Netflix slowdown a sea change for streaming
Netflix's quarterly subscriber loss — its first in a decade — has sent shockwaves through the entire streaming industry.
Why it matters: For years Wall Street rewarded Netflix with an outsized market value for its ability to keep expanding its user base. Now, reality is setting in.
Details: Netflix's stock sank more than 20% Tuesday after the streaming giant said it lost 200,000 subscribers in 2022's first quarter and missed revenue targets.
- Because Netflix reports earnings ahead of most competitors, the news sent shares tumbling across the entertainment sector.
- Netflix's stock was already down more than 40% year-to-date, thanks to increased competition and weak growth forecasts.
- Things will get worse before they get better. The streaming giant forecasts losing 2 million more subscribers in the second quarter.
Context: Netflix's decline "calls into question the end-state economics of these businesses," wrote media analyst Michael Nathanson in a note to clients earlier this year, when Netflix first began to show signs of a slowdown.
Be smart: After downplaying competition as a serious threat to their business for years, Netflix executives are finally beginning to admit that the growth of competitive services is taking a toll.
- For years, Netflix was the only major player investing heavily in licensing and producing original content on a large scale. It has long invested in localized streaming content around the world, giving it a major advantage in international markets.
- But over the past few months, Disney+ and HBO Max have begun major international expansions. Disney has said it plans to spend $33 billion on content this year, compared to the $14 billion Netflix spent last year.
Netflix chair and co-founder Reed Hastings also attributed the subscriber slowdown to password sharing, which the company has begun to crack down on.
- In a letter to investors, Netflix said that in addition to its 222 million paying households, it estimates that its service is being shared with over 100 million additional households that don't pay, including over 30 million in the U.S. and Canada — the firm's most lucrative market.
The big picture: Netflix's massive slowdown is a wake-up call for Wall Street, which for years has bet on subscription streaming services as the future of television.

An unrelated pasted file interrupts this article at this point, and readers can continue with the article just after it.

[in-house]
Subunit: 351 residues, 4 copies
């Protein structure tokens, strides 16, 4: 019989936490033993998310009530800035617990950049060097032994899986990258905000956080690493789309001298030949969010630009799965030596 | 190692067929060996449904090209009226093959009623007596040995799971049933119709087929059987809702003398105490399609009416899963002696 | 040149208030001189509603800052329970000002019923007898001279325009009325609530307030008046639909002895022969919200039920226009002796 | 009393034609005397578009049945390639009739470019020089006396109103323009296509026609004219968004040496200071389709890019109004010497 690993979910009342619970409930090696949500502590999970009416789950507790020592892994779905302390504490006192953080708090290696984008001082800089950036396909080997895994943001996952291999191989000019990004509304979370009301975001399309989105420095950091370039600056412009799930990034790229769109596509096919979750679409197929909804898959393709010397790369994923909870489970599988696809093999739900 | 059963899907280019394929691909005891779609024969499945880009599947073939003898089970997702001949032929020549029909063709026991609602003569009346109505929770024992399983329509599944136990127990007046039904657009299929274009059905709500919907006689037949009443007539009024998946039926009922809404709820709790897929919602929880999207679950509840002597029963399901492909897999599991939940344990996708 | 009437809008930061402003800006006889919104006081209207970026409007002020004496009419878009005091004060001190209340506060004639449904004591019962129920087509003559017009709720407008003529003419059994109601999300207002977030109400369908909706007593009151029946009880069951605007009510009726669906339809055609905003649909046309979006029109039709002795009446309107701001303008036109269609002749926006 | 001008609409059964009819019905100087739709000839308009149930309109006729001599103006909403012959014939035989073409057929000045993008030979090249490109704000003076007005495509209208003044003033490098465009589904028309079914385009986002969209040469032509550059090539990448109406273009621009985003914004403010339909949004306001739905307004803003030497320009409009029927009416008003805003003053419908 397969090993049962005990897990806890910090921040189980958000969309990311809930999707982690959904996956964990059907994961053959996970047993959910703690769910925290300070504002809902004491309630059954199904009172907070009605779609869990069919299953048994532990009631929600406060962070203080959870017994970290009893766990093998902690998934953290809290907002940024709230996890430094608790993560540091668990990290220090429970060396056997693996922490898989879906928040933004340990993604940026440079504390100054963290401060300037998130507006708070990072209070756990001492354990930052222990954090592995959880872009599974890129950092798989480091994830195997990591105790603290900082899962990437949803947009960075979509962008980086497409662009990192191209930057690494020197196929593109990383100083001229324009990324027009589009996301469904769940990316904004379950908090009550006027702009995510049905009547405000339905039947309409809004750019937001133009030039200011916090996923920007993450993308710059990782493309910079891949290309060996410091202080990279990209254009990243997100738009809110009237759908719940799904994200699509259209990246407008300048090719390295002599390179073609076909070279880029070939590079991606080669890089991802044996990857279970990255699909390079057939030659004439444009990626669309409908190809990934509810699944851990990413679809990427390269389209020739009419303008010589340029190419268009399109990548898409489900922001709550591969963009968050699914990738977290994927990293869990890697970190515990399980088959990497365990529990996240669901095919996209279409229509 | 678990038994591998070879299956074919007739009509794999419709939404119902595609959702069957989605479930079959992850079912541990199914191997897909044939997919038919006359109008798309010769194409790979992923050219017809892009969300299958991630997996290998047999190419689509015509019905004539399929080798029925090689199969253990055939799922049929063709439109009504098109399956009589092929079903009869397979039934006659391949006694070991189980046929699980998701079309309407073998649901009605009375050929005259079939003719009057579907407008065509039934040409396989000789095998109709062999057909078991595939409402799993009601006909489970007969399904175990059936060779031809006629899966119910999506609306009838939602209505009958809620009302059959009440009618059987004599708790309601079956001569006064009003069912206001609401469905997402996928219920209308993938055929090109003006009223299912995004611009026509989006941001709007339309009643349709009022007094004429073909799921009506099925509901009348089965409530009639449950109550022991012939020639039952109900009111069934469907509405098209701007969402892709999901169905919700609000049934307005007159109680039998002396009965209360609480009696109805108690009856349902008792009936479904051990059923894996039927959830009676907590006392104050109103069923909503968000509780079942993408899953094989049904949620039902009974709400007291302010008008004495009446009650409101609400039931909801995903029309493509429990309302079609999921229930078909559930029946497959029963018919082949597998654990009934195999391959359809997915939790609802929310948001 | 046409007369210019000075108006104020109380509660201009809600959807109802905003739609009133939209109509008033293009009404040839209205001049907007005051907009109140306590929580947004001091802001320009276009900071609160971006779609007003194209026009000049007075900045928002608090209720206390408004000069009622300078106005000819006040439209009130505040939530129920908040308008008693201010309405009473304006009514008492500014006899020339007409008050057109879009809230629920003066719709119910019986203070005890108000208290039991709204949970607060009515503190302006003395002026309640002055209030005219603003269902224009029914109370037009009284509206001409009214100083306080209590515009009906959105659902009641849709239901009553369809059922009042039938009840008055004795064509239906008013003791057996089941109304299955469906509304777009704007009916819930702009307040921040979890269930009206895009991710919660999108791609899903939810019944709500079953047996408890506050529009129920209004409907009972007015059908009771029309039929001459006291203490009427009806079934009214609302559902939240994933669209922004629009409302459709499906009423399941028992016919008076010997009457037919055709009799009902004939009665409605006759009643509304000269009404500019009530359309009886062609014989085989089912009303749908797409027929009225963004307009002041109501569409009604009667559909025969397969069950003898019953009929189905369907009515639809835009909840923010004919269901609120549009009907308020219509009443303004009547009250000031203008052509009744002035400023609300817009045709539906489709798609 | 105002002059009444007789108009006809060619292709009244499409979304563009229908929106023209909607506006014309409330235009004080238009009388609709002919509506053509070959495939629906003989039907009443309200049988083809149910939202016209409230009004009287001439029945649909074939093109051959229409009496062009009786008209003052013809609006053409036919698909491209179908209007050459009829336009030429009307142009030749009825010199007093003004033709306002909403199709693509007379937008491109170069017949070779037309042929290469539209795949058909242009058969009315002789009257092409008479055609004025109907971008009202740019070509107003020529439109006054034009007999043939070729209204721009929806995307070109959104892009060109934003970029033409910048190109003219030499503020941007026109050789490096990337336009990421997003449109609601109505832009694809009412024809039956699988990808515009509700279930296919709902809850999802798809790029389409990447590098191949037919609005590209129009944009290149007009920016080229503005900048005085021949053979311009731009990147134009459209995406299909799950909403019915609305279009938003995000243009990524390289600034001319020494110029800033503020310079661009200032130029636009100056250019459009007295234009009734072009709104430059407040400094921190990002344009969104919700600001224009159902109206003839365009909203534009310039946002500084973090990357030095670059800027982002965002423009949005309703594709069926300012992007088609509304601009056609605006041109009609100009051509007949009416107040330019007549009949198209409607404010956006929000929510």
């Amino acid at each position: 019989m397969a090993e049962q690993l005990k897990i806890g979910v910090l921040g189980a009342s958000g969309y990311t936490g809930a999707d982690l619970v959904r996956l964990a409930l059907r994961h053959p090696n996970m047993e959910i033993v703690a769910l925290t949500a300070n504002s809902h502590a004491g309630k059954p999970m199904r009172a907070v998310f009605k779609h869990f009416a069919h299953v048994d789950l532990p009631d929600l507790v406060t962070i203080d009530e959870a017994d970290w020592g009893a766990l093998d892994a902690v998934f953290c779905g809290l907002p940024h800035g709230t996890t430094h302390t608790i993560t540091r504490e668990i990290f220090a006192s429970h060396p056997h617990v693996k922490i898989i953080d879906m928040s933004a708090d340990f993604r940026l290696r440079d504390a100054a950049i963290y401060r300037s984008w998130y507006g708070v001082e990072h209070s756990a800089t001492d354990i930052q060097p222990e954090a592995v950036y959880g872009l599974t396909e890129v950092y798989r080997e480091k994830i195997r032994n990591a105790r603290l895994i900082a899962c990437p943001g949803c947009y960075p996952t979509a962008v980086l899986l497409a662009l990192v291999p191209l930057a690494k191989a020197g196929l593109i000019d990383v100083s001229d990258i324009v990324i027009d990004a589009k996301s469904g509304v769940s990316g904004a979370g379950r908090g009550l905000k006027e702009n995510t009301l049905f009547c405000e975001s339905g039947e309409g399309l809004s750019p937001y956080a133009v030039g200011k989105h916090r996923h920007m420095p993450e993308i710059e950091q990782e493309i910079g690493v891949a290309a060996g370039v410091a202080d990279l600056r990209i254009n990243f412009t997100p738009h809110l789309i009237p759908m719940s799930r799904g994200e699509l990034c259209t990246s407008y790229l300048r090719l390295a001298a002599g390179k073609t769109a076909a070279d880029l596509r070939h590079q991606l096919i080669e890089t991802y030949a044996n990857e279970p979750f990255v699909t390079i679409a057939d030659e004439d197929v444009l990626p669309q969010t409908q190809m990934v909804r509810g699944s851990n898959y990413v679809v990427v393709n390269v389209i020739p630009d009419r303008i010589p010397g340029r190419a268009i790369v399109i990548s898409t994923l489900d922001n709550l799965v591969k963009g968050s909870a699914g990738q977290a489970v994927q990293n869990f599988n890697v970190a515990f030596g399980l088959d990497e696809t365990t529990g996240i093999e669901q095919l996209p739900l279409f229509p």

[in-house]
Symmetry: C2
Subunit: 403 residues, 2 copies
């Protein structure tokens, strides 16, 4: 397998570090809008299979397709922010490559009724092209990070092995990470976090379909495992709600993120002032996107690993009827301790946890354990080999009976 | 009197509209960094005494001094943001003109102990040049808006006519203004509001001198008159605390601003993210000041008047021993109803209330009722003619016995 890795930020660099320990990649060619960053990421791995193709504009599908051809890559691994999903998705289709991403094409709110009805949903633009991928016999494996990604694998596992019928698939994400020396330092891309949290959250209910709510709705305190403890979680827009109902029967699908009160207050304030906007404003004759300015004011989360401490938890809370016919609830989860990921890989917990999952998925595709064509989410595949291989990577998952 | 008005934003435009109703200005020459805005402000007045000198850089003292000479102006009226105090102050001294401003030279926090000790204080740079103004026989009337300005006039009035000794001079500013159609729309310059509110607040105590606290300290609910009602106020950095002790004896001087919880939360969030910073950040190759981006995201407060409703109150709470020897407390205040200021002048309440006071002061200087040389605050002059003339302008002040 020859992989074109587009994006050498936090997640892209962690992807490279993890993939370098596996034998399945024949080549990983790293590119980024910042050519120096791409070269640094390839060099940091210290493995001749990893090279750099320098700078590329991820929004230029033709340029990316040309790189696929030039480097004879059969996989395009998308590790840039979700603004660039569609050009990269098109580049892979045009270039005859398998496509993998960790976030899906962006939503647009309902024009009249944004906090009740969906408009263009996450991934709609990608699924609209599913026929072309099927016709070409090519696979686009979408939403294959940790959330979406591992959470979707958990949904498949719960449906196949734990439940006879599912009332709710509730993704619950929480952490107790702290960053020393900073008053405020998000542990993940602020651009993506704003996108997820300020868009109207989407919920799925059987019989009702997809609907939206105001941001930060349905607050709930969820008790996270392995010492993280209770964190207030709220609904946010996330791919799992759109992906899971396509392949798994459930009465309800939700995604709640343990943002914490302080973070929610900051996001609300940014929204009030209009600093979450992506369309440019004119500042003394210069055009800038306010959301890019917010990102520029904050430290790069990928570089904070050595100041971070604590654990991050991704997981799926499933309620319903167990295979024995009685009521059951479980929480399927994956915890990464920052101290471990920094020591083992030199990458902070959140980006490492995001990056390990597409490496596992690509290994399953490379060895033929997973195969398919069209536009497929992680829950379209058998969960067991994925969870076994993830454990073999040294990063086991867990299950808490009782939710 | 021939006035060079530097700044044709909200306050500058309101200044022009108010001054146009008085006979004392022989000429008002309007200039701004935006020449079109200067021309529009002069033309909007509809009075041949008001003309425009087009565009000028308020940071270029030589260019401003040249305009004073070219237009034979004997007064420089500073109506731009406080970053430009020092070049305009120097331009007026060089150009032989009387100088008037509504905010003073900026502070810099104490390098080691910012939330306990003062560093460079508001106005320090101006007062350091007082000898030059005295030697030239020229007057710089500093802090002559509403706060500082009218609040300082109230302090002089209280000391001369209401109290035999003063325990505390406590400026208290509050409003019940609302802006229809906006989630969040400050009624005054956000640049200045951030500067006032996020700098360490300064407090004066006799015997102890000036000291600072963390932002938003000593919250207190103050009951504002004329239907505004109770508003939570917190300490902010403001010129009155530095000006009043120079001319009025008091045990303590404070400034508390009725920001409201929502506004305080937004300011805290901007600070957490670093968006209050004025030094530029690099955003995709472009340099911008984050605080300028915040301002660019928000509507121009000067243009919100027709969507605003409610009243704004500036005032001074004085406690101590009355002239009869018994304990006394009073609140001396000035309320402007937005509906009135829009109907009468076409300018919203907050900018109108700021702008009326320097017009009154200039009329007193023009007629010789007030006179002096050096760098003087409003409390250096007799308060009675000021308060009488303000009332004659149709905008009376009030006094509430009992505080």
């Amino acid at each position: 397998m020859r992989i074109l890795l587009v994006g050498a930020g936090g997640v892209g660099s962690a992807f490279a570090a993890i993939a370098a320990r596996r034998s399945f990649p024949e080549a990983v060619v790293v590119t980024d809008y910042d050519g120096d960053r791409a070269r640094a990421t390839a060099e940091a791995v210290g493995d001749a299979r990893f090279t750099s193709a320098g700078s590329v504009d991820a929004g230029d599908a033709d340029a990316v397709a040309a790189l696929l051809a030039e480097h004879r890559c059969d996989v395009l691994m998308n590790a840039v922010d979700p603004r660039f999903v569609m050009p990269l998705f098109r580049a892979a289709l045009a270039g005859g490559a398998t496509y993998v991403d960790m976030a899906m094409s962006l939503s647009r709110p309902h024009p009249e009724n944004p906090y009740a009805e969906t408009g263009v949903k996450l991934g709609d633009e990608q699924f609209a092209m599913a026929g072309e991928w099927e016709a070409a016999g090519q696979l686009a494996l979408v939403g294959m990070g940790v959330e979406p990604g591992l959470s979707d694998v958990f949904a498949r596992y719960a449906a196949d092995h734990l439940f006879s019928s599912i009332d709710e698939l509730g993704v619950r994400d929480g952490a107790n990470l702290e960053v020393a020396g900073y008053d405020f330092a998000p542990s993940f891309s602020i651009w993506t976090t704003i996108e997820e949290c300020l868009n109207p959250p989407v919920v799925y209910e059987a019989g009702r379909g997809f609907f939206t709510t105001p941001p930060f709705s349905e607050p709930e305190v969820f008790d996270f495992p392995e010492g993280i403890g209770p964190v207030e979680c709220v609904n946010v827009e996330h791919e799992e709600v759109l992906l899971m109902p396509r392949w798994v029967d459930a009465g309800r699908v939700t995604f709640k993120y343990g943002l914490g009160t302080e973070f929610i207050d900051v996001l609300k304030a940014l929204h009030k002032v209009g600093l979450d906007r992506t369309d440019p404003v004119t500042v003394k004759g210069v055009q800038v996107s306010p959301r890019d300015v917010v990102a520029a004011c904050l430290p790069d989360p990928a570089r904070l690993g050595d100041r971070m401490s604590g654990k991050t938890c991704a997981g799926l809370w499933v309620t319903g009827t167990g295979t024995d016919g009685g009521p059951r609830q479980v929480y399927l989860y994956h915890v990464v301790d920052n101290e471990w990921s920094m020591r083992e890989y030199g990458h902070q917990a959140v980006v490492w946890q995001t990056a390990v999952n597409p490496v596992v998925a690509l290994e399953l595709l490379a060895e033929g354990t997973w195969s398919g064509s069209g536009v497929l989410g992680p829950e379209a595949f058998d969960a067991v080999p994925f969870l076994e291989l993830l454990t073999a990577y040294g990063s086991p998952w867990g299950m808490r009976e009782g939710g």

- The problem: While supply has continued to grow, the amount consumers are willing to spend on subscription services has remained relatively consistent over the past few years, according to data from media research firm Magid.
- Most consumers are willing to pay for roughly four services at a time for about $10 monthly per streaming service. Macroeconomic factors, like inflation, and price hikes earlier this year may be making customers less willing to spend.
What's next: Netflix told investors it's weighing offering a cheaper, ad-supported subscription plan over "the next year or two" in an effort to expand its subscriber base.
- As the streaming subscription market becomes more saturated, analysts have argued that an ad-supported tier is Netflix's best option for growth.
- Most of the major general entertainment services, including Disney+, Hulu, Discovery+, HBO Max, Paramount+ and Peacock, offer ad-supported tiers.
What to watch: Big Tech giants are doubling down on free, ad-supported services as a means to lure subscribers who are overwhelmed by rising subscription bills.
- Amazon last week relaunched its free streaming service, IMDb TV, as Freevee, a clear signal to consumers that free is the future.
- YouTube last month said it would stream free, ad-supported TV shows for the first time.
The irony: Many of the traditional entertainment companies that have scrambled to stay relevant in Netflix's shadow have already begun investing in ad-supported streaming products as a way to help offset linear TV advertising declines.
- Fox bought Tubi in 2020. Paramount+ owns Pluto TV. Disney owns Hulu and Comcast owns Xumo and Peacock.
Go deeper: For streaming, the future is free